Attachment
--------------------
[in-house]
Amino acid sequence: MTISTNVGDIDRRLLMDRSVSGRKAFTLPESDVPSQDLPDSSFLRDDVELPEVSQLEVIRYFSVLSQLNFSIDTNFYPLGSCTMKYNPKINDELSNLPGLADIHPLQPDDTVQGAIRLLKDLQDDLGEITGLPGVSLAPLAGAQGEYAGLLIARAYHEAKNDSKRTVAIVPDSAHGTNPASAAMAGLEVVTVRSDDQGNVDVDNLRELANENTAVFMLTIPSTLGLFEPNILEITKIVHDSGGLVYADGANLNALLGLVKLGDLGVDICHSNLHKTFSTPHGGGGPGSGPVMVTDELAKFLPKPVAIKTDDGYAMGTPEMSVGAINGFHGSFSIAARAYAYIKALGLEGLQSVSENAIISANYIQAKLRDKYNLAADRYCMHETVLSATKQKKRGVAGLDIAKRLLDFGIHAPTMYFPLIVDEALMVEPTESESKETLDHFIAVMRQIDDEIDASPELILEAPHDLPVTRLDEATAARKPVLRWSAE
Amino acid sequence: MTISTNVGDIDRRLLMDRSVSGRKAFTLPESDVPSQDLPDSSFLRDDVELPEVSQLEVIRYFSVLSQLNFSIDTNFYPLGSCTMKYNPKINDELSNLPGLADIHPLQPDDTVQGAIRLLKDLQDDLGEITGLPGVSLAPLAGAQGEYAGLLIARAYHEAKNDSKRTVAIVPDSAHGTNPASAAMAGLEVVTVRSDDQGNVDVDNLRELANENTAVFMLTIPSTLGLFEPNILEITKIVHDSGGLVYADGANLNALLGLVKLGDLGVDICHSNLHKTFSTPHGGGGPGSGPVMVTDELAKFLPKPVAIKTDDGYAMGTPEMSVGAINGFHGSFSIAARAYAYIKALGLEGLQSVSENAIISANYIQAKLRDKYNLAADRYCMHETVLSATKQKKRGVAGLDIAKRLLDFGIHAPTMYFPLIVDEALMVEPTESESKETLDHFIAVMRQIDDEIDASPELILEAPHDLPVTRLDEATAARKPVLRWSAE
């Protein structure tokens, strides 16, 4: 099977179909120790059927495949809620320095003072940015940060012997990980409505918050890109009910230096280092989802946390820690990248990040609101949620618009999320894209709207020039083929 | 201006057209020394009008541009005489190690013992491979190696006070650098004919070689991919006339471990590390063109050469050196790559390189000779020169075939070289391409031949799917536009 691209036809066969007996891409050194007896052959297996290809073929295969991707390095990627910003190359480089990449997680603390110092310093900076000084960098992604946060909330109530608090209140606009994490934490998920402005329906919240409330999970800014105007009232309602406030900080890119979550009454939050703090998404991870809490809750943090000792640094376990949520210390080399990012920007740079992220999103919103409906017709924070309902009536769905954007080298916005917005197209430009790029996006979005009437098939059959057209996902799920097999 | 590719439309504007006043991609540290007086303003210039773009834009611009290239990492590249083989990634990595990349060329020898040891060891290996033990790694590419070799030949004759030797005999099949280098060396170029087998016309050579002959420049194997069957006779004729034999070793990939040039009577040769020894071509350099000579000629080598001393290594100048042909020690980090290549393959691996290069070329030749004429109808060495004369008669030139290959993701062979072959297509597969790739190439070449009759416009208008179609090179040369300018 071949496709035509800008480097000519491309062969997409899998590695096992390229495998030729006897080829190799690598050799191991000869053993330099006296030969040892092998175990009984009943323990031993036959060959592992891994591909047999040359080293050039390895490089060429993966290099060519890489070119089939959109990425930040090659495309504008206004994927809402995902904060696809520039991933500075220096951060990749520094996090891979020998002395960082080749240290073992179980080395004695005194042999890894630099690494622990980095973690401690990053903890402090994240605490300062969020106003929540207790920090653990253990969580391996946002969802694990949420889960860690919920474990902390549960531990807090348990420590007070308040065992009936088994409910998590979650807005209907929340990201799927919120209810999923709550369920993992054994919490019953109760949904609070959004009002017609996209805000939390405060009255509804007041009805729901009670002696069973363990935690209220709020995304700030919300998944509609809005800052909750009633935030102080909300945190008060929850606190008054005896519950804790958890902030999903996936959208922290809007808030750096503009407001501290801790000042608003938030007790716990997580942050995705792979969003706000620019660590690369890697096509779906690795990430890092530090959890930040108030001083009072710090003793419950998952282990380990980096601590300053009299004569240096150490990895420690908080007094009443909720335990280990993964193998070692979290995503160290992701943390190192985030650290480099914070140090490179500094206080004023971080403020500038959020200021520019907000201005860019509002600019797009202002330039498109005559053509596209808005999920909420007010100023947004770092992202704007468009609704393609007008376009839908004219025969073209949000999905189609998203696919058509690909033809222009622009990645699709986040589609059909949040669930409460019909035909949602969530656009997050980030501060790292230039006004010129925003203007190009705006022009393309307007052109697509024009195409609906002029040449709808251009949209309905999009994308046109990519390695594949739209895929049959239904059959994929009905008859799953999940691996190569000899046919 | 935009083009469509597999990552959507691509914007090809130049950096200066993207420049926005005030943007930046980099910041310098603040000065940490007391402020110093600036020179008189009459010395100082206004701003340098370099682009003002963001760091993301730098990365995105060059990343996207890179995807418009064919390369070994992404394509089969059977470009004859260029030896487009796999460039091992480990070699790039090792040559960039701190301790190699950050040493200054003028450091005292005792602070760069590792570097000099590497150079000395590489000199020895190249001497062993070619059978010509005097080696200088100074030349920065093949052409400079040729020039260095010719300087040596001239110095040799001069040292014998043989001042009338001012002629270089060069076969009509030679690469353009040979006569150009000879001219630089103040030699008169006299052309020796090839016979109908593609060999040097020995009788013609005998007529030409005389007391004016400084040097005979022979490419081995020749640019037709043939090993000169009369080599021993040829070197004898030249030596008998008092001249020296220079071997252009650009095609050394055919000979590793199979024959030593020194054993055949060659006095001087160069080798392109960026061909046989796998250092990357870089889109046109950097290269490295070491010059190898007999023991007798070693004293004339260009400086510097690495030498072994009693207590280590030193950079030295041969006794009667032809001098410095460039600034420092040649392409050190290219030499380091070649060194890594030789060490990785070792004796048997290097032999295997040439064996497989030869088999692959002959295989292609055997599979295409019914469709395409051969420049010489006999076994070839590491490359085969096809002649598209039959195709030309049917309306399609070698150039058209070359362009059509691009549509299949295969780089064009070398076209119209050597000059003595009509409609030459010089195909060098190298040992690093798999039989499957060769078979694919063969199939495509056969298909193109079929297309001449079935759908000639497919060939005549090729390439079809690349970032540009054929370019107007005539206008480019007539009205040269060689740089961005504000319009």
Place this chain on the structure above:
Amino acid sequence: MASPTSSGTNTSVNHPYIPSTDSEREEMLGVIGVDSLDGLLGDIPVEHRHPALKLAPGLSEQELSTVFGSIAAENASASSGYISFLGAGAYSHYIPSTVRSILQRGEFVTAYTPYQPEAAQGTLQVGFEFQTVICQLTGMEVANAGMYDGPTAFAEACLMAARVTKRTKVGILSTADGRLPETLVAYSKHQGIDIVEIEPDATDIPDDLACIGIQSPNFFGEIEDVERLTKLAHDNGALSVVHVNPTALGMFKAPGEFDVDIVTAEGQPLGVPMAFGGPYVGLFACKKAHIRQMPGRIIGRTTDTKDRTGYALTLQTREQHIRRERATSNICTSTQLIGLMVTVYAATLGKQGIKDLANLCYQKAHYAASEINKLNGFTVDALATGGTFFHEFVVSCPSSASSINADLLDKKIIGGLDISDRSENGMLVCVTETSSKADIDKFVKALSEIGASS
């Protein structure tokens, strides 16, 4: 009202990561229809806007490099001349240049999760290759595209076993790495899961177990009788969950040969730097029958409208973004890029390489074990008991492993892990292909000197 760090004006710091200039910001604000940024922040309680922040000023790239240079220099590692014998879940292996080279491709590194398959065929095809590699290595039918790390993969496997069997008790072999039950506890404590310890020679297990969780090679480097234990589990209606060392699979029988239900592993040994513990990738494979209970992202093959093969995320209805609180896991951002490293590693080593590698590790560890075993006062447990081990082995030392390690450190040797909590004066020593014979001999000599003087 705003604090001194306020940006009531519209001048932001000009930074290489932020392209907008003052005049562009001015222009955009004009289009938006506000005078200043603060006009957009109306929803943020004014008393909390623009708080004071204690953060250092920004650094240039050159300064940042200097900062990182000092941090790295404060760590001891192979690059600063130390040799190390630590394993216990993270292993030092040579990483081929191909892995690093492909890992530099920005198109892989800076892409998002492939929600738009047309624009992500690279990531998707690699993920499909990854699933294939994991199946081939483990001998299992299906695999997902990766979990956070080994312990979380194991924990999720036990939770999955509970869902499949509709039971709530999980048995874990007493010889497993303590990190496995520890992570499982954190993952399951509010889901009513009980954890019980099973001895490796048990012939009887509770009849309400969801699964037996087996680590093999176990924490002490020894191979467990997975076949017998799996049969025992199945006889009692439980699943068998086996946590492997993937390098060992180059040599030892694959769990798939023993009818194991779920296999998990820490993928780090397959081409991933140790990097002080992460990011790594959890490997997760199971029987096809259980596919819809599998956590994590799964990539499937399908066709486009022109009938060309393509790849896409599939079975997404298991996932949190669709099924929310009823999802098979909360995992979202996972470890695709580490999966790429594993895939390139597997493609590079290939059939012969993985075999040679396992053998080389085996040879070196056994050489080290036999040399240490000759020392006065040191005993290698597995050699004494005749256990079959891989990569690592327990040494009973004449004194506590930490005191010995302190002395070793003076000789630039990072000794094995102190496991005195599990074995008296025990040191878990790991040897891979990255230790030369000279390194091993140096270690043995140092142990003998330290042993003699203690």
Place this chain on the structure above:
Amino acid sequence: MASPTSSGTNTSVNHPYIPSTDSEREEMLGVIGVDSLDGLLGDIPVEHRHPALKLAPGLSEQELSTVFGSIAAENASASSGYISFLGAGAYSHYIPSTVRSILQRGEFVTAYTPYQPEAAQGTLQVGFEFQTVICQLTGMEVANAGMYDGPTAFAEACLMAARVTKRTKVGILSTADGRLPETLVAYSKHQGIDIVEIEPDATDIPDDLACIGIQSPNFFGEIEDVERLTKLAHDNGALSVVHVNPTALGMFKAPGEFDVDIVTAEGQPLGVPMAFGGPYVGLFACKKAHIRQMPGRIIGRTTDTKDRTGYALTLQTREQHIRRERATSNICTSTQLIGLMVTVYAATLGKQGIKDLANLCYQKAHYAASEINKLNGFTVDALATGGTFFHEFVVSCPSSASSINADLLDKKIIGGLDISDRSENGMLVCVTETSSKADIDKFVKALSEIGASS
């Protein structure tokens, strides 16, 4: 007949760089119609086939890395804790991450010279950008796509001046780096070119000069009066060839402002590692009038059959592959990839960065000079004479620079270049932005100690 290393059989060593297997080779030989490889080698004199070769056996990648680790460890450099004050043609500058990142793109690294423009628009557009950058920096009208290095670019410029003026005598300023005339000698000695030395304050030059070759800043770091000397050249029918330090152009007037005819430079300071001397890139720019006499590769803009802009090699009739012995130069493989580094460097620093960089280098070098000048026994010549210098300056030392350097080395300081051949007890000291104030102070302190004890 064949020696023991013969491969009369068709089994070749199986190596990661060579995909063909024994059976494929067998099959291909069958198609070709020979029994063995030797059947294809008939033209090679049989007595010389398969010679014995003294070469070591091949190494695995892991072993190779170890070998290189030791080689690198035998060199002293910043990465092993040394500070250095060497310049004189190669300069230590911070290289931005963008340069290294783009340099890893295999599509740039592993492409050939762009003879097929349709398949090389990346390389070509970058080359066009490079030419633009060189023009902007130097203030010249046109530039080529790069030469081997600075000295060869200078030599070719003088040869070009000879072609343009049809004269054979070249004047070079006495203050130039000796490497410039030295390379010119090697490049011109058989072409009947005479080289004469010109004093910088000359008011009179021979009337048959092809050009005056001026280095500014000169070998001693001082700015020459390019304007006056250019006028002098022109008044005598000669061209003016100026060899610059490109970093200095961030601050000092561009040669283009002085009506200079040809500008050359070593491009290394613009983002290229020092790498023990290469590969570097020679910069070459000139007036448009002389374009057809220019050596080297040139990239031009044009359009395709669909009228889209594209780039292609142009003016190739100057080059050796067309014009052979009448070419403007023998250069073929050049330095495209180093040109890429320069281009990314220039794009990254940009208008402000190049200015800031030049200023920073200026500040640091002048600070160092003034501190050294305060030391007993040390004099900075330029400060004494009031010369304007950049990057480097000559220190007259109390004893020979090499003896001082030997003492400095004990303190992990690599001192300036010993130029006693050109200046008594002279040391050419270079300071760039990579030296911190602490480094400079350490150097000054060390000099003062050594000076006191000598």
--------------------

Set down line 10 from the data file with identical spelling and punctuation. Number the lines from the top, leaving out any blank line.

């Protein structure tokens, strides 16, 4: 007949760089119609086939890395804790991450010279950008796509001046780096070119000069009066060839402002590692009038059959592959990839960065000079004479620079270049932005100690 290393059989060593297997080779030989490889080698004199070769056996990648680790460890450099004050043609500058990142793109690294423009628009557009950058920096009208290095670019410029003026005598300023005339000698000695030395304050030059070759800043770091000397050249029918330090152009007037005819430079300071001397890139720019006499590769803009802009090699009739012995130069493989580094460097620093960089280098070098000048026994010549210098300056030392350097080395300081051949007890000291104030102070302190004890 064949020696023991013969491969009369068709089994070749199986190596990661060579995909063909024994059976494929067998099959291909069958198609070709020979029994063995030797059947294809008939033209090679049989007595010389398969010679014995003294070469070591091949190494695995892991072993190779170890070998290189030791080689690198035998060199002293910043990465092993040394500070250095060497310049004189190669300069230590911070290289931005963008340069290294783009340099890893295999599509740039592993492409050939762009003879097929349709398949090389990346390389070509970058080359066009490079030419633009060189023009902007130097203030010249046109530039080529790069030469081997600075000295060869200078030599070719003088040869070009000879072609343009049809004269054979070249004047070079006495203050130039000796490497410039030295390379010119090697490049011109058989072409009947005479080289004469010109004093910088000359008011009179021979009337048959092809050009005056001026280095500014000169070998001693001082700015020459390019304007006056250019006028002098022109008044005598000669061209003016100026060899610059490109970093200095961030601050000092561009040669283009002085009506200079040809500008050359070593491009290394613009983002290229020092790498023990290469590969570097020679910069070459000139007036448009002389374009057809220019050596080297040139990239031009044009359009395709669909009228889209594209780039292609142009003016190739100057080059050796067309014009052979009448070419403007023998250069073929050049330095495209180093040109890429320069281009990314220039794009990254940009208008402000190049200015800031030049200023920073200026500040640091002048600070160092003034501190050294305060030391007993040390004099900075330029400060004494009031010369304007950049990057480097000559220190007259109390004893020979090499003896001082030997003492400095004990303190992990690599001192300036010993130029006693050109200046008594002279040391050419270079300071760039990579030296911190602490480094400079350490150097000054060390000099003062050594000076006191000598």